Originally published here: http://dcurt.is/fashion
When the automobile was first mass produced in the early 1900s, it was practically impossible to use and literally impossible for most people to purchase. It was horribly underpowered by any comparative standard except the horse. For the first thirty years or so, the car slowly improved in style, power, and comfort. Each new model was principally defined by its technological improvement—slightly better performance, more comfortable interior, or lower cost. By 1935, the car was more or less feature-complete. By then, the entire Oldsmobile line had electric starters, comfortable transmissions, and a well-sealed passenger cabin.
It was in the mid 1940s that something remarkable happened: buyers of cars transitioned from focusing on features—like horsepower and suspension design—to exterior styling that reflected their personality. The car buying experience became more about the external expression of the buyer than the practicality of the car as a device for transportation. The car became a fashion accessory.
I think the same thing is happening right now in the computer and mobile devices industry. Computers and phones have historically been sold based on performance, screen size, and battery life. The slow march of technological progress through the 1990s and 2000s was obvious to anyone who knows the word "megahertz". But in the past couple of years, I think we have finally reached the 1945 equivalent in automobiles: all devices sold today can do everything any reasonable customer would want. The computer is now feature-complete. Almost all model segmentation is now based on the personality of the customer.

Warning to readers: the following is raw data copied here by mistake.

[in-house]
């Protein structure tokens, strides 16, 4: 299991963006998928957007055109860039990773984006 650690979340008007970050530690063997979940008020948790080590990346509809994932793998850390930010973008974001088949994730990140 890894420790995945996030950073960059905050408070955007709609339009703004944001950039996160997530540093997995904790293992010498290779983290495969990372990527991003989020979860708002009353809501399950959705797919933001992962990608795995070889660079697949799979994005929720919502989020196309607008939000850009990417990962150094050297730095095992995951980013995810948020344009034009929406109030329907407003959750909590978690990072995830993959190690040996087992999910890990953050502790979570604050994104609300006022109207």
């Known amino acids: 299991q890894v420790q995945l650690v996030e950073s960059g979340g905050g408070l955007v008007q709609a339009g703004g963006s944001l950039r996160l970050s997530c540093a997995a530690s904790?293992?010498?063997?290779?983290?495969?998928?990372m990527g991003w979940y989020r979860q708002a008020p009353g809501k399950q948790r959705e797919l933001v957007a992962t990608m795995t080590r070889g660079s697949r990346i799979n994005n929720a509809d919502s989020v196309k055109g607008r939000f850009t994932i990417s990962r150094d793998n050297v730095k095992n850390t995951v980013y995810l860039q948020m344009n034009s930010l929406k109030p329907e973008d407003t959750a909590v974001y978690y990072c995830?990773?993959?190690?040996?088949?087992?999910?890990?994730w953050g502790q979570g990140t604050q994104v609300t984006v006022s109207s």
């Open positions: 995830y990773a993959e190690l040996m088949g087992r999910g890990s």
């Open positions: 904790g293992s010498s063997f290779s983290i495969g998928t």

While phones have begun to pave the way, the first device to truly embrace fashion is the Apple Watch. Every Apple watch is the same—the software is the same, the hardware specifications are the same, and the basic functionality is identical for every model. The only pricing segmentation is based on style and material (and screen size, presumably based on body type). Colors, bands, precious metals—the Apple Watch is sold as a fashion accessory rather than a piece of technology. It's something far more personal and intimate than any other piece of technology that has come before it—maybe since original mechanical watches themselves. Buyers of Apple Watch will have no choice but to use their personality to differentiate between models.
From a technological perspective, the car had transformed human society well before 1930. But it didn't truly feel human until the 1940s, when the raw technology was infused with cultural significance in the form of fashion. Computer technology is on the same path—we're at the inflection point where our devices transition from being objects that are very utilitarian and mechanical into things that we want to integrate into our bodies. I think watches are just the beginning.